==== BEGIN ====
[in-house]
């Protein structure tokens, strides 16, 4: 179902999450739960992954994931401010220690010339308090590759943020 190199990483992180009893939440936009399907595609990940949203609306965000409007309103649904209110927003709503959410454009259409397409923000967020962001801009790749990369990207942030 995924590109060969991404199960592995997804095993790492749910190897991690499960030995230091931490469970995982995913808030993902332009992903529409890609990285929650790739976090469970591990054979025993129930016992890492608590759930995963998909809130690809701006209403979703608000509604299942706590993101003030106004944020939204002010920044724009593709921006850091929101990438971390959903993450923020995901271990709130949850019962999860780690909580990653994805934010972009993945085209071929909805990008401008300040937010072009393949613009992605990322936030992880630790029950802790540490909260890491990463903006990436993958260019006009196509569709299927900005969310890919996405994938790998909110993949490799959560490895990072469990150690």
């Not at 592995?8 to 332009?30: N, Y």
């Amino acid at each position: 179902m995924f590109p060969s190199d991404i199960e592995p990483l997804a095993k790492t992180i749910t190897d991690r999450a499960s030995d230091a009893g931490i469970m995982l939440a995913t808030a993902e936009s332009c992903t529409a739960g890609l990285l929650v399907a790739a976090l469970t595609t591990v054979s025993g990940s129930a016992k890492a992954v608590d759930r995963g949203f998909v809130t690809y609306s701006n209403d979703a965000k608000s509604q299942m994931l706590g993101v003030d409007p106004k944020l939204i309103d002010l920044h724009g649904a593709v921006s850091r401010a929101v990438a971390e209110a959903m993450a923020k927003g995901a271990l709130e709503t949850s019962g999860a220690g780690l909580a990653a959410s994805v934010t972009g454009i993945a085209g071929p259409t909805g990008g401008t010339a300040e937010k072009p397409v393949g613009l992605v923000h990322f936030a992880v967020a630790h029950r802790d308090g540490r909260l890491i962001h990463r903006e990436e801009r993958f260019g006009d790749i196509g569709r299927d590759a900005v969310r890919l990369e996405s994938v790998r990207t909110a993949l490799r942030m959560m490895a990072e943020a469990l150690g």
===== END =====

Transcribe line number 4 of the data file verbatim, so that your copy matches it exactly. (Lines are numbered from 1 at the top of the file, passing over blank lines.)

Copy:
């Amino acid at each position: 179902m995924f590109p060969s190199d991404i199960e592995p990483l997804a095993k790492t992180i749910t190897d991690r999450a499960s030995d230091a009893g931490i469970m995982l939440a995913t808030a993902e936009s332009c992903t529409a739960g890609l990285l929650v399907a790739a976090l469970t595609t591990v054979s025993g990940s129930a016992k890492a992954v608590d759930r995963g949203f998909v809130t690809y609306s701006n209403d979703a965000k608000s509604q299942m994931l706590g993101v003030d409007p106004k944020l939204i309103d002010l920044h724009g649904a593709v921006s850091r401010a929101v990438a971390e209110a959903m993450a923020k927003g995901a271990l709130e709503t949850s019962g999860a220690g780690l909580a990653a959410s994805v934010t972009g454009i993945a085209g071929p259409t909805g990008g401008t010339a300040e937010k072009p397409v393949g613009l992605v923000h990322f936030a992880v967020a630790h029950r802790d308090g540490r909260l890491i962001h990463r903006e990436e801009r993958f260019g006009d790749i196509g569709r299927d590759a900005v969310r890919l990369e996405s994938v790998r990207t909110a993949l490799r942030m959560m490895a990072e943020a469990l150690g």